Laboring One Gig at a Time: Technology is Changing the Future for Pittsburgh Workers

A study released this summer by CMU’s Heinz College of Information Systems and Public Policy helps fill the gaps. It analyzed the economic opportunity of so-called “non-employer establishments” in the transportation occupations — put another way, self-employed people picking up riders in need of a lift.

The results were clear: The number of self-employed drivers in Allegheny County rose faster than any other county in the state after Uber and Lyft launched here in early 2014.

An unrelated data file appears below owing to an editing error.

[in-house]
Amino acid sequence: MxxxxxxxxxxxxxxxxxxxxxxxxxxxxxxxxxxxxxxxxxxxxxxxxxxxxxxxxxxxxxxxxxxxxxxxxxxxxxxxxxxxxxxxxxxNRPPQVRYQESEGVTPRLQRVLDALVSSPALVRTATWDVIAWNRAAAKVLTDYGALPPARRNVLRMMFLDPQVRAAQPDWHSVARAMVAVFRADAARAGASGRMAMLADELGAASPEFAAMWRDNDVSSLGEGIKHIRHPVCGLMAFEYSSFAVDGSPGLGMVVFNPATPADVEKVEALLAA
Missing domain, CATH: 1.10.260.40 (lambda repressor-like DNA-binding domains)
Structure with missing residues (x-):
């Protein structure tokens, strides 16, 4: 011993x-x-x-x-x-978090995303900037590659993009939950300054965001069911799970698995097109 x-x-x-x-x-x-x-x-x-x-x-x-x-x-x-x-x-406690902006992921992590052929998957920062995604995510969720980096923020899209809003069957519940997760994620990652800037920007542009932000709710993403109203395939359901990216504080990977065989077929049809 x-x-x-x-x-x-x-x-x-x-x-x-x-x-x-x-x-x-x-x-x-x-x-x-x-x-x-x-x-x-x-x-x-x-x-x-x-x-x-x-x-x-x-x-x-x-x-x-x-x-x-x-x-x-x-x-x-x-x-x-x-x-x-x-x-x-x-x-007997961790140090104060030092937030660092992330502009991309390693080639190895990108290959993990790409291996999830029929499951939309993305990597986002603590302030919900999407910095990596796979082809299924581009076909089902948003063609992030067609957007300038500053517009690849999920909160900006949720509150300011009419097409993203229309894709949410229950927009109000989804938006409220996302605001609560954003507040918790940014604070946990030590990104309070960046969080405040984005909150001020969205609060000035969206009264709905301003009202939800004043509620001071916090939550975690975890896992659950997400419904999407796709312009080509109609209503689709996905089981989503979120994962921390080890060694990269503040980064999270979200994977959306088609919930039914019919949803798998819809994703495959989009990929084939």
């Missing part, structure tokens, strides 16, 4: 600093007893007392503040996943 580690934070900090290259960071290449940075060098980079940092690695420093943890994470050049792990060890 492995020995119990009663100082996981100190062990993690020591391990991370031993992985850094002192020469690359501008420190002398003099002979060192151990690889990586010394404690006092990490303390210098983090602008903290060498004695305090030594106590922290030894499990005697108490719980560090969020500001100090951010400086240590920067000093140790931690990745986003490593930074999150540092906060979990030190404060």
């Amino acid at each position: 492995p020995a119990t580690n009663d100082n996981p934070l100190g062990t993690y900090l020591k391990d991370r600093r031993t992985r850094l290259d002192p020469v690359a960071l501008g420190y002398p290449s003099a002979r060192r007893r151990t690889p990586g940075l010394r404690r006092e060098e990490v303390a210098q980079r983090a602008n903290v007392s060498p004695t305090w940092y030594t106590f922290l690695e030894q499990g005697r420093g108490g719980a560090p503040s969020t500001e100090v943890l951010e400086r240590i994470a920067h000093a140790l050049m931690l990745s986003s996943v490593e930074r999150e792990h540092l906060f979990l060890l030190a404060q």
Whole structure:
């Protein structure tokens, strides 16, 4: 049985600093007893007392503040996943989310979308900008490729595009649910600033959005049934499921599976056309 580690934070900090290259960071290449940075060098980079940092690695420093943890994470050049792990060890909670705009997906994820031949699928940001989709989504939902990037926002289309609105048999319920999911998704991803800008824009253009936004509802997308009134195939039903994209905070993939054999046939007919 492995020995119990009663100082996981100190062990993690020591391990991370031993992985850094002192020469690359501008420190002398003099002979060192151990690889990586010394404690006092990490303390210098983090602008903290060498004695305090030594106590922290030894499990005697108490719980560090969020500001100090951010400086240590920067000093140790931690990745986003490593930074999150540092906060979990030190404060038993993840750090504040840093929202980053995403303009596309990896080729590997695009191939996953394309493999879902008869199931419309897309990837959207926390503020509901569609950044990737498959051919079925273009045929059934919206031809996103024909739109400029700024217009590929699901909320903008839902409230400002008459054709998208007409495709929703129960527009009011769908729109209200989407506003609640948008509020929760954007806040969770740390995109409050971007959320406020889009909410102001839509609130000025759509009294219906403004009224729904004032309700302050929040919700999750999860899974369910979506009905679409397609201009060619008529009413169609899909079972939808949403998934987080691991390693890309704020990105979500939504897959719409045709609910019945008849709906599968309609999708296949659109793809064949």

Yet annual income for each self-employed driver remained low. In 2015, as the number of drivers here more than doubled to nearly 2,500 people, and average income for each fell by $8,000 from $20,000 in 2014.